In a wood, along a path, a dump of trash.
A lone chimney stands not at attention but like the leaning Tower of Pisa, a forest of twigs sticking out of its crumbling mortar. Among the debris ceramics and glass, some of it ornate and fine, even the handles still intact. Magazines and books, eating utensils, children’s dolls with clumps of bright orange hair rooted out of the skulls, the finely dotted holes filled with red earth. Boards of fine-grained oak attached to long, tapered legs, rotted on the ends. A desk? A cabinet? A cluster of cold half-burned nuggets which, once stepped upon, disintegrates under a well-placed boot.
I search among the ruins of this destroyed house, remnants of which yield no clues to who used to live there. The foundation remains in places, a square wall of blackened rock. In the southern corner a narrow hole leads not to a buried basement, but more likely a rabbit’s den. I peer inside, imagine where it leads, and jokingly holler for Alice.
Alice might have jumped down the hole, but I do not.
One-hundred and fifty years ago, as the American Civil War was coming to a brutal end, Lewis Carroll’s Alice jumped down a rabbit-hole, sending her onto an adventure that can only be explained as nonsense, primarily, if for no other reason, because of its lack of logic. Carroll, like many writers, was an inveterate letter writer. He had this to say of one of his writings when asked about its meaning:
“I’m very much afraid I didn’t mean anything but nonsense. Still, you know, words mean more than we mean to express when we use them; so a whole book ought to mean a great deal more than the writer means. So, whatever good meanings are in the book, I’m glad to accept as the meaning of the book.”
Alice’s adventures can certainly be seen as chaotic. But is there more to them than a wild, hypnotic experience than they appear to be? It would be easy, in today’s world, just as in mid-century England, to say “Yes.” Just as Alice’s adventures appear to be without rules, or the rules appear to be splayed, or otherwise twisted and misshaped, and Alice herself physically changed in accordance to no known valid reasoning, events over the last few weeks, all across the globe, point to a world that seems lawless and without order. Individuals and groups kill, for reasons that justify their own theories of survival, however wrongly mistaken. The Queen, for example, in “Alice’s Adventures in Wonderland,” decries, without the slightest provocation, “Off with their heads!” She repeats the phrase often, and it is her answer for resolving all differences.
Everywhere violence appears to be the answer to disputes and contrived threats.
When I was a boy, nor more than 8 years old, I listened to my parents talk once about a man who had killed his wife, leaving the young daughter without a mother. I was listening in on the secret world of adults, and their banter that can be so mystifying to a child. I stood behind the door to my parents’ bedroom, secretly listening. My mother was crying softly.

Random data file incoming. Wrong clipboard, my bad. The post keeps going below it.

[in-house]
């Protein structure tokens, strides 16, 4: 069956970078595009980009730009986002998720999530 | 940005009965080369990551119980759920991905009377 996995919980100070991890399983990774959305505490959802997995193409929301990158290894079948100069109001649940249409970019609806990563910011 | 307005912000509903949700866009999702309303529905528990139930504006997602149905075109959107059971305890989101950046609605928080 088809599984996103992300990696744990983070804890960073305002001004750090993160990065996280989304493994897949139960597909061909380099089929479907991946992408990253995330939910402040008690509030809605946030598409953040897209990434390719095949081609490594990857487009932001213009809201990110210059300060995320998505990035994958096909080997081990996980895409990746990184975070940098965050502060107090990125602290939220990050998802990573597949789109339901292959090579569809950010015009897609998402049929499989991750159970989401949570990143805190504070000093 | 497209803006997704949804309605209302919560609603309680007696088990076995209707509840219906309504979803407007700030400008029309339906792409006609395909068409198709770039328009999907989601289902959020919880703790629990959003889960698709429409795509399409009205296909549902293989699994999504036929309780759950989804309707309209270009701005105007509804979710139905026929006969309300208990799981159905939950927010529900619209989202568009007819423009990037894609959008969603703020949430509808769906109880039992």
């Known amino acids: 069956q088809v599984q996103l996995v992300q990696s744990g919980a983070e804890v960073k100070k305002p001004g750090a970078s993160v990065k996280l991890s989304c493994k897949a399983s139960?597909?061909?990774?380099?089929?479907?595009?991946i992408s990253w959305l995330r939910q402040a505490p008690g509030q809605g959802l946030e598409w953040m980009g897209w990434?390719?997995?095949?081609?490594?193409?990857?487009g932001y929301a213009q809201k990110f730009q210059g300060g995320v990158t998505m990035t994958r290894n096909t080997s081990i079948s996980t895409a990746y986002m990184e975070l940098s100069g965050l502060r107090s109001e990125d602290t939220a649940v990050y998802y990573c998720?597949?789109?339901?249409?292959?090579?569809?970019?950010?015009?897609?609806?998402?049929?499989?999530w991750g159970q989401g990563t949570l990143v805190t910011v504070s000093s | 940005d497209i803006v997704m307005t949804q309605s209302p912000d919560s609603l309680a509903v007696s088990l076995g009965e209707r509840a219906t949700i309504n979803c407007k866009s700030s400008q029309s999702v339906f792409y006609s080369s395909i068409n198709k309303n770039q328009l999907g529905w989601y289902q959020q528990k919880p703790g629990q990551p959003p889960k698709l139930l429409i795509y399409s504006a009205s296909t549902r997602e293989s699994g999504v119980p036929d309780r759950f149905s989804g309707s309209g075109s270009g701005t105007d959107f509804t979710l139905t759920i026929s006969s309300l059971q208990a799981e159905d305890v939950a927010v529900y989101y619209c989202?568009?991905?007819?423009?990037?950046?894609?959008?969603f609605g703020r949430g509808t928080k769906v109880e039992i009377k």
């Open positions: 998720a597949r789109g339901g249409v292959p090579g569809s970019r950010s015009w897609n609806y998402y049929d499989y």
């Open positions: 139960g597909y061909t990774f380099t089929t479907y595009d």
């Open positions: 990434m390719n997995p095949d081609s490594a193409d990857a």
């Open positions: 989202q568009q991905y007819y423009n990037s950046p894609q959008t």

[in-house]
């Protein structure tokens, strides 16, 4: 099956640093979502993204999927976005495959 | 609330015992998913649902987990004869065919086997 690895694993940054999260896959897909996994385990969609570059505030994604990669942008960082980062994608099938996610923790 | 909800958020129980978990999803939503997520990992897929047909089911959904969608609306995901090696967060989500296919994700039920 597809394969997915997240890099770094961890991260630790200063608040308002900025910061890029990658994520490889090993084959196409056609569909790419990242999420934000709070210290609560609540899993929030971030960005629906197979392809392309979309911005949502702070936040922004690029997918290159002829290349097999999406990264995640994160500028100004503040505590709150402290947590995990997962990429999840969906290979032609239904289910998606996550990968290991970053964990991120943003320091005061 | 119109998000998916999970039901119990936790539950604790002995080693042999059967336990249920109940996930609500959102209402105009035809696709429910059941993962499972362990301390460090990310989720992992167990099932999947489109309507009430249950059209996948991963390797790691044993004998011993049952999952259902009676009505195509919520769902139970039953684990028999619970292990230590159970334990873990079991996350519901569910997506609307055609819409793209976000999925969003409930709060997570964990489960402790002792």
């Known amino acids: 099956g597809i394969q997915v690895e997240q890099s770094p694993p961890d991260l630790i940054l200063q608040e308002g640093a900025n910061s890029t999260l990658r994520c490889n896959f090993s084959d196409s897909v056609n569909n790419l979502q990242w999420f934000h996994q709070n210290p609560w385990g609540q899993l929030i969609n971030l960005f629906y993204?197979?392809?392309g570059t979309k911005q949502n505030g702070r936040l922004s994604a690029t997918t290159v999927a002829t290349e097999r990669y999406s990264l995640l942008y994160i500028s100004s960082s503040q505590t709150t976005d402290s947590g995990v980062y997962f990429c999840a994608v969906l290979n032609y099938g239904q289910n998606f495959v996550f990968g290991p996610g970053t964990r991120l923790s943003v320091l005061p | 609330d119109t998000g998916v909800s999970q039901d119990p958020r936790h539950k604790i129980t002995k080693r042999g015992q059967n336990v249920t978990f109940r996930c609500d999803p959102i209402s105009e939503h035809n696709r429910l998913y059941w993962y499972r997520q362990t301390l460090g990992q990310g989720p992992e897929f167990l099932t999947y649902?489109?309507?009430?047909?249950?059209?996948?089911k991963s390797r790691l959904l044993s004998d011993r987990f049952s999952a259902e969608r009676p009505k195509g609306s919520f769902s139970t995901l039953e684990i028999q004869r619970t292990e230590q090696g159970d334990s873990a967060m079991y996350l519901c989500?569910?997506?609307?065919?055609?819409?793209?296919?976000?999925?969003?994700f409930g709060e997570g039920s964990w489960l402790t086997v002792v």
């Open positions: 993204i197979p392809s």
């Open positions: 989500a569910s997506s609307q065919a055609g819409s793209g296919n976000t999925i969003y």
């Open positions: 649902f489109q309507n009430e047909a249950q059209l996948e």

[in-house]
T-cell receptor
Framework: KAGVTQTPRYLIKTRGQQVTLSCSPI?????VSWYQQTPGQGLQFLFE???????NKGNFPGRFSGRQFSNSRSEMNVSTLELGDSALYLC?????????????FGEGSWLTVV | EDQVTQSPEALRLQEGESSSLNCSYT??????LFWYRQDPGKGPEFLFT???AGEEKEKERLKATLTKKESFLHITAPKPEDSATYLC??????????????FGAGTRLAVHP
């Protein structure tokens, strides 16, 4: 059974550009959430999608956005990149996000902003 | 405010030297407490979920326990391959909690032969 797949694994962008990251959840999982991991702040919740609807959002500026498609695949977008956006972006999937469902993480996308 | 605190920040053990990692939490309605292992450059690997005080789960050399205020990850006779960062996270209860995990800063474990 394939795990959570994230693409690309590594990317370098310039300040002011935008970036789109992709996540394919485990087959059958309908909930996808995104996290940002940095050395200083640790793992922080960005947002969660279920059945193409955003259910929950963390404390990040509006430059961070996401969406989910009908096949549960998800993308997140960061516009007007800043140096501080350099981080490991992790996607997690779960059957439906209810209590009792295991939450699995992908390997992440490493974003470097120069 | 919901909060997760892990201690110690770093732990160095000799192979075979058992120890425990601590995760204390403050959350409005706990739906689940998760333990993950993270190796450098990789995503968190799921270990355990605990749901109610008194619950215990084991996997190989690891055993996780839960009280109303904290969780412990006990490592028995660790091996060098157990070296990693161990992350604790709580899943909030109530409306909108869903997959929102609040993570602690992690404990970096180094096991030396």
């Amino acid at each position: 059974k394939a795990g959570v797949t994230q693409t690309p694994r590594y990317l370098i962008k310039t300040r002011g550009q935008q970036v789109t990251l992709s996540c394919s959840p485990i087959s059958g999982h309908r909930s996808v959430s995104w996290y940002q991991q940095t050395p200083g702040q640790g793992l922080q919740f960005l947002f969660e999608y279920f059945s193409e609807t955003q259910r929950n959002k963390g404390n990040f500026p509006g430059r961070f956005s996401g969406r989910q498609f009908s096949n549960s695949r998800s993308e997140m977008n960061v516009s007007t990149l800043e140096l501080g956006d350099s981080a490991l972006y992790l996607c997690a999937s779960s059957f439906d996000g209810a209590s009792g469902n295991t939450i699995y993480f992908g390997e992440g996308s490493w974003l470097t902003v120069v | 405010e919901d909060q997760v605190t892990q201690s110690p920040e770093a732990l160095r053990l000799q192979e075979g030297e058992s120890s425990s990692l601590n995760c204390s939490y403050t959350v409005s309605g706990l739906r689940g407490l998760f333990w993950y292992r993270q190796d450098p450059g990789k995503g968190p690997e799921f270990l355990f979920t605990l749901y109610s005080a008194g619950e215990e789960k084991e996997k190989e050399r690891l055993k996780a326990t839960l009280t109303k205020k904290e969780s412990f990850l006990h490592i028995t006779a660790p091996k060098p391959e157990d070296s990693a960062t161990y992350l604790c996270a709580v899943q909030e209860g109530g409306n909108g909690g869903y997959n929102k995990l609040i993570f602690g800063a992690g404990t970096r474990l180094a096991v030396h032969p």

“He just shot her,” I heard my father say.
“How awful,” my mother said.
I didn’t know who they were talking about. I assumed it was someone they knew, but it could have been a story they read in the newspaper.
I have often turned to literature to help make sense of the world. The world can be a very frightening place, but literature, according to Mia Cuota, “is not only a way to affirm our existence. It is a permission to disappear and to allow the presence of those who seem to be absent.”
Reading the stories of other cultures helps us to bridge the gap between the self and others. It humanizes us all. Even Raskolnikov, in “Crime and Punishment,” is made more human, despite Dostoevsky’s portrayal of his murderous deed, by the psychological depiction of his actions and the slow, irrevocable understanding of his guilty conscience.
Still, when I go back in my mind to the rubbish that was left by the people that once inhabited the burned-down house I observed in the woods so many years ago now, I’m reminded that the names of things have meaning, and that the names of people have meaning. That behind every child is a toy; behind every home is a world; behind every person is a life, behind every young man shot is a mother and a father.
In a way everything is a mystery. How does all of this start? Someone believes in something. Someone else doesn’t. God(s) are called upon in defense. Then there are the theories of environmental conditioning. How we are brought up is what matters. There are the secrets of the brain, the psychological traumas.
Now these are some of the things I have learned. The brain is composed of three main parts: cerebrum, cerebellum, and brain stem. Tucked into each hemisphere of the cerebrum is the temporal lobe. It is here where our memories are stored. Sometimes I wonder what we will all take from here. How a ball flung in the air carries with it the anticipation of sudden return? How a mound of snow once fallen upon can cause an angel to appear with the simple movement of one’s limbs? How the heavens can be viewed with a simple telescope or the naked eye? The gentleness of a caring hand upon a cold stomach. The scent of citrus in warm water. Other random or nonsense things.
The kindness of a stranger. Or the hatefulness of a stranger.
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